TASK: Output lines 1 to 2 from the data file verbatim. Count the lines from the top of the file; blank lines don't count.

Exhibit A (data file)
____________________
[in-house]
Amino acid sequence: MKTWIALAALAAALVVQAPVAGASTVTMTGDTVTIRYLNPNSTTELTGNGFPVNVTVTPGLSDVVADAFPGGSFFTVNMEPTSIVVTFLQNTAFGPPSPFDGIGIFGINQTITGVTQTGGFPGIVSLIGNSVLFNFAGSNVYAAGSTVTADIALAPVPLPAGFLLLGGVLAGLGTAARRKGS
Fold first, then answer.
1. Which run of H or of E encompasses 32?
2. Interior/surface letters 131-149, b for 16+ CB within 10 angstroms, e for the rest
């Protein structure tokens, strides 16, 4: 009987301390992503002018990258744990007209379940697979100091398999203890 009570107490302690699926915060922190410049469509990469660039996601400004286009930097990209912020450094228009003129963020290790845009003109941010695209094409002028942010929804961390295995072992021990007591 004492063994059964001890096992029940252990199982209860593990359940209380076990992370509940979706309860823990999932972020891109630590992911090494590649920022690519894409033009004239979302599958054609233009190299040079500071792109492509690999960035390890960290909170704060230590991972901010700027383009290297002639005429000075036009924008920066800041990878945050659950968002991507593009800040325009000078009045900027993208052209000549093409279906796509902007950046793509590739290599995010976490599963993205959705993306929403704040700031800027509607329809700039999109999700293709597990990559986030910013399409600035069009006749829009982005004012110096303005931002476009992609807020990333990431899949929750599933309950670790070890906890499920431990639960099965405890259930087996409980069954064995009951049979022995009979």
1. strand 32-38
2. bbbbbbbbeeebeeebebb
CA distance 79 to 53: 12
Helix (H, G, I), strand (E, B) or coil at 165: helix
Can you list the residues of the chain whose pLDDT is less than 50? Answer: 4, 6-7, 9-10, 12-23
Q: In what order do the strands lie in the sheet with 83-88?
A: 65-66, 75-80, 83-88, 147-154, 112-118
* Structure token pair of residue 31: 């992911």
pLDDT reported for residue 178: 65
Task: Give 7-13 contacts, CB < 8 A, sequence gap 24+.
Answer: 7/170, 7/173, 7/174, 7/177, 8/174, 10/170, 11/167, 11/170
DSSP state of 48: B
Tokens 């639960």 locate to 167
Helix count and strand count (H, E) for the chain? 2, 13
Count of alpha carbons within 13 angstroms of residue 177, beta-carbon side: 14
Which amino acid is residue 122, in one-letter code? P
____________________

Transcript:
[in-house]
Amino acid sequence: MKTWIALAALAAALVVQAPVAGASTVTMTGDTVTIRYLNPNSTTELTGNGFPVNVTVTPGLSDVVADAFPGGSFFTVNMEPTSIVVTFLQNTAFGPPSPFDGIGIFGINQTITGVTQTGGFPGIVSLIGNSVLFNFAGSNVYAAGSTVTADIALAPVPLPAGFLLLGGVLAGLGTAARRKGS